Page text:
33 Magnetic and Optical Storage Optical Memory –CD one track starting at center and spiraling outward 16,000 tracks per inch thin plastic coating to protect land reflects light, pit does not –CD-R photosensitive dye on reflective gold layer laser super heats spot and it will not reflect cannot be erased or re-written William Kleitz Digital Electronics with VHDL, Quartus® II Version Copyright ©2006 by Pearson Education, Inc. Upper Saddle River, New Jersey 07458 All rights reserved.

34 Magnetic and Optical Storage Optical Memory –CD-RW silver alloy crystalline structure laser superheats to amorphous state (non-reflective) laser can reheat at lower level to turn back into crystalline state reflective and non-reflective areas William Kleitz Digital Electronics with VHDL, Quartus® II Version Copyright ©2006 by Pearson Education, Inc. Upper Saddle River, New Jersey 07458 All rights reserved.

35 Summary A simple 16-byte memory circuit can be constructed from 15\6 octal D flip-flops and a decoder. This circuit would have 16 memory locations (addresses) selectable by the decoder, with 1 byte (8 bits) of data at each location. William Kleitz Digital Electronics with VHDL, Quartus® II Version Copyright ©2006 by Pearson Education, Inc. Upper Saddle River, New Jersey 07458 All rights reserved.

36 Summary Static RAM (random-access memory) ICs are also called read/write memory. They are used for the temporary storage of data and program instructions in microprocessor- based systems. William Kleitz Digital Electronics with VHDL, Quartus® II Version Copyright ©2006 by Pearson Education, Inc. Upper Saddle River, New Jersey 07458 All rights reserved.

37 Summary A typical RAM IC is the 2114A. It is organized as 1K x 4, which means that it has 1K locations, with 4 bits of data at each location. (1K is actually an abbreviation for 1024.) An example of a higher-density RAM IC is the 6206, which is organized as 32K x 8. William Kleitz Digital Electronics with VHDL, Quartus® II Version Copyright ©2006 by Pearson Education, Inc. Upper Saddle River, New Jersey 07458 All rights reserved.

38 Summary Dynamic RAMs are less expensive per bit and have a much higher density than static RAMs. Their basic storage element is an internal capacitor at each memory cell. External circuitry is required to refresh the charge on all capacitors every 2 ms or less. William Kleitz Digital Electronics with VHDL, Quartus® II Version Copyright ©2006 by Pearson Education, Inc. Upper Saddle River, New Jersey 07458 All rights reserved.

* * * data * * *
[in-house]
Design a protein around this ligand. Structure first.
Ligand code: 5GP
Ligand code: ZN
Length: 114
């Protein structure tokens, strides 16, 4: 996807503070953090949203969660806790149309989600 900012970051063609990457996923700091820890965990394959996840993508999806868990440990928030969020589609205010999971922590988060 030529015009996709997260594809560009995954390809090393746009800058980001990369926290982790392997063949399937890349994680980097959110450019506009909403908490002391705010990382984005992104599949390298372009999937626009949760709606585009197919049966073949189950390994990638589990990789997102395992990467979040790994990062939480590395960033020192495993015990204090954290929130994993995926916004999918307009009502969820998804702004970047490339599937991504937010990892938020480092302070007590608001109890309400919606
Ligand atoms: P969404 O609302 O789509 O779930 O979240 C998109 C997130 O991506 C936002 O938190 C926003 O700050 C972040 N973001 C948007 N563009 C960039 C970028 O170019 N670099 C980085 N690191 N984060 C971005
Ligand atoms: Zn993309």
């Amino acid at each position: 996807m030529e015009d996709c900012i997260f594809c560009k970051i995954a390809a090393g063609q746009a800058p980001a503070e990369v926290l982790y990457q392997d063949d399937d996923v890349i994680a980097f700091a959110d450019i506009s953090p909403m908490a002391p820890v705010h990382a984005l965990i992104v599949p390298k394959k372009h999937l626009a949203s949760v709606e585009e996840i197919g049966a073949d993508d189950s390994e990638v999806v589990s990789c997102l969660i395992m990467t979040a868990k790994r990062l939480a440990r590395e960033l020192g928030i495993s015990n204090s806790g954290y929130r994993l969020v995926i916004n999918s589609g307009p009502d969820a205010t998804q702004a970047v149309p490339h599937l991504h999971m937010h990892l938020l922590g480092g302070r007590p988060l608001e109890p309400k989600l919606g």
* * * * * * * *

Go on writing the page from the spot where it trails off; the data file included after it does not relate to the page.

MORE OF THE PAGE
39 Summary Dynamic RAMs generally multiplex their address bus. This mean that the high-order address bits share the same pins as the low- order address bits. They are demultiplexed by the RAS and CAS (Row Address Strobe and Column Address Strobe) control signals. William Kleitz Digital Electronics with VHDL, Quartus® II Version Copyright ©2006 by Pearson Education, Inc. Upper Saddle River, New Jersey 07458 All rights reserved.

40 Summary Read-only memory (ROM) is used to store data on a permanent basis. It is nonvolatile, which means that it does not lose its memory contents when power is removed. William Kleitz Digital Electronics with VHDL, Quartus® II Version Copyright ©2006 by Pearson Education, Inc. Upper Saddle River, New Jersey 07458 All rights reserved.

41 Summary Three common ROMs are (1) the mask ROM, which is programmed once by a masking process by the manufacturer; (2) the fusible-link programmable ROM (PROM), which is programmed once by the user; and (3) the erasable-programmable ROM (EPROM), which is programmable and UV-erasable by the user. William Kleitz Digital Electronics with VHDL, Quartus® II Version Copyright ©2006 by Pearson Education, Inc. Upper Saddle River, New Jersey 07458 All rights reserved.

42 Summary Memory expansion in microprocessor systems is accomplished by using octal or hexadecimal decoders as address decoders to select the appropriate memory IC. The Electrically-Erasable PROM (EEPROM) and Flash memory use a floating-gate MOSFET for their primary storage element. A charge on the floating gate represents the stored data. William Kleitz Digital Electronics with VHDL, Quartus® II Version Copyright ©2006 by Pearson Education, Inc. Upper Saddle River, New Jersey 07458 All rights reserved.

43 Summary Magnetic storage like the floppy or hard disk use magnetized particles to represent the stored 1 or 0. Individual data bits are read and written using an electro-magnetic read/write head. Optical memory like the CD or DVD use a laser beam to reflect light off of a rigid platter. The CD or DVD platter will either have a non-reflective pit to represent a 1 or a non-pit (land) to represent a 0. William Kleitz Digital Electronics with VHDL, Quartus® II Version Copyright ©2006 by Pearson Education, Inc. Upper Saddle River, New Jersey 07458 All rights reserved.